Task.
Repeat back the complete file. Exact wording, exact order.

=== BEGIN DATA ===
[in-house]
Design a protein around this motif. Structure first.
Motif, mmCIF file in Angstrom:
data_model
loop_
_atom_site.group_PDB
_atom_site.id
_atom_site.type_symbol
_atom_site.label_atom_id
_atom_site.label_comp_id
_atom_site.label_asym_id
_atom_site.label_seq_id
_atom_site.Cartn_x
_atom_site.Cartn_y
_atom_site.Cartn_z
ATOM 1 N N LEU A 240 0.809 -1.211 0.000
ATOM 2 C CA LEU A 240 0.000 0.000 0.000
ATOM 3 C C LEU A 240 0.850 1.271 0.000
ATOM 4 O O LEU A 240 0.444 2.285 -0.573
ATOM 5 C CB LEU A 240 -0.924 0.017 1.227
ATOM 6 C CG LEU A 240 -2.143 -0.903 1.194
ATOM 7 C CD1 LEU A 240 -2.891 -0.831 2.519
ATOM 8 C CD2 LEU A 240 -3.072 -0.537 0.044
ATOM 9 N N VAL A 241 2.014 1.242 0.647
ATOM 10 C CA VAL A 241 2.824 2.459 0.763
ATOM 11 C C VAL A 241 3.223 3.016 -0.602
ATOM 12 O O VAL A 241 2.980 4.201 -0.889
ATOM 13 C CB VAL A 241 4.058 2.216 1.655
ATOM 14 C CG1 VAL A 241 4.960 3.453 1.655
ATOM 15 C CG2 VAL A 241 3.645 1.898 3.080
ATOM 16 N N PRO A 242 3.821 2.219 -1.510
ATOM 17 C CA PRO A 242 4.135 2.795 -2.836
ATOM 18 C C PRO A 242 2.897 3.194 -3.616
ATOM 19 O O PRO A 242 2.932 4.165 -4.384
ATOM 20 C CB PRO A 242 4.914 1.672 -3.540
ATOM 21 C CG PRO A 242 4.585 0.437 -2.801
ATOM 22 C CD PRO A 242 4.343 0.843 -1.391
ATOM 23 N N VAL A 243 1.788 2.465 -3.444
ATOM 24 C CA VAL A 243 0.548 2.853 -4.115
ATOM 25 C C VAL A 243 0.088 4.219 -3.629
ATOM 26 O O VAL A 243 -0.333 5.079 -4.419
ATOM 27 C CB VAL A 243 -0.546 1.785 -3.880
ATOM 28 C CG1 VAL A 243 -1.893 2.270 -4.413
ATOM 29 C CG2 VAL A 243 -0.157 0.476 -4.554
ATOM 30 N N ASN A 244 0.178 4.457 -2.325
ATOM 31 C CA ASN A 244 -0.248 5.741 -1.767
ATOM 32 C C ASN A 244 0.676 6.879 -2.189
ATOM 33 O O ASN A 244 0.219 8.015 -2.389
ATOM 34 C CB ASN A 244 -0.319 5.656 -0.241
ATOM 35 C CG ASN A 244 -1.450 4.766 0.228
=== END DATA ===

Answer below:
[in-house]
Design a protein around this motif. Structure first.
Motif, mmCIF file in Angstrom:
data_model
loop_
_atom_site.group_PDB
_atom_site.id
_atom_site.type_symbol
_atom_site.label_atom_id
_atom_site.label_comp_id
_atom_site.label_asym_id
_atom_site.label_seq_id
_atom_site.Cartn_x
_atom_site.Cartn_y
_atom_site.Cartn_z
ATOM 1 N N LEU A 240 0.809 -1.211 0.000
ATOM 2 C CA LEU A 240 0.000 0.000 0.000
ATOM 3 C C LEU A 240 0.850 1.271 0.000
ATOM 4 O O LEU A 240 0.444 2.285 -0.573
ATOM 5 C CB LEU A 240 -0.924 0.017 1.227
ATOM 6 C CG LEU A 240 -2.143 -0.903 1.194
ATOM 7 C CD1 LEU A 240 -2.891 -0.831 2.519
ATOM 8 C CD2 LEU A 240 -3.072 -0.537 0.044
ATOM 9 N N VAL A 241 2.014 1.242 0.647
ATOM 10 C CA VAL A 241 2.824 2.459 0.763
ATOM 11 C C VAL A 241 3.223 3.016 -0.602
ATOM 12 O O VAL A 241 2.980 4.201 -0.889
ATOM 13 C CB VAL A 241 4.058 2.216 1.655
ATOM 14 C CG1 VAL A 241 4.960 3.453 1.655
ATOM 15 C CG2 VAL A 241 3.645 1.898 3.080
ATOM 16 N N PRO A 242 3.821 2.219 -1.510
ATOM 17 C CA PRO A 242 4.135 2.795 -2.836
ATOM 18 C C PRO A 242 2.897 3.194 -3.616
ATOM 19 O O PRO A 242 2.932 4.165 -4.384
ATOM 20 C CB PRO A 242 4.914 1.672 -3.540
ATOM 21 C CG PRO A 242 4.585 0.437 -2.801
ATOM 22 C CD PRO A 242 4.343 0.843 -1.391
ATOM 23 N N VAL A 243 1.788 2.465 -3.444
ATOM 24 C CA VAL A 243 0.548 2.853 -4.115
ATOM 25 C C VAL A 243 0.088 4.219 -3.629
ATOM 26 O O VAL A 243 -0.333 5.079 -4.419
ATOM 27 C CB VAL A 243 -0.546 1.785 -3.880
ATOM 28 C CG1 VAL A 243 -1.893 2.270 -4.413
ATOM 29 C CG2 VAL A 243 -0.157 0.476 -4.554
ATOM 30 N N ASN A 244 0.178 4.457 -2.325
ATOM 31 C CA ASN A 244 -0.248 5.741 -1.767
ATOM 32 C C ASN A 244 0.676 6.879 -2.189
ATOM 33 O O ASN A 244 0.219 8.015 -2.389
ATOM 34 C CB ASN A 244 -0.319 5.656 -0.241
ATOM 35 C CG ASN A 244 -1.450 4.766 0.228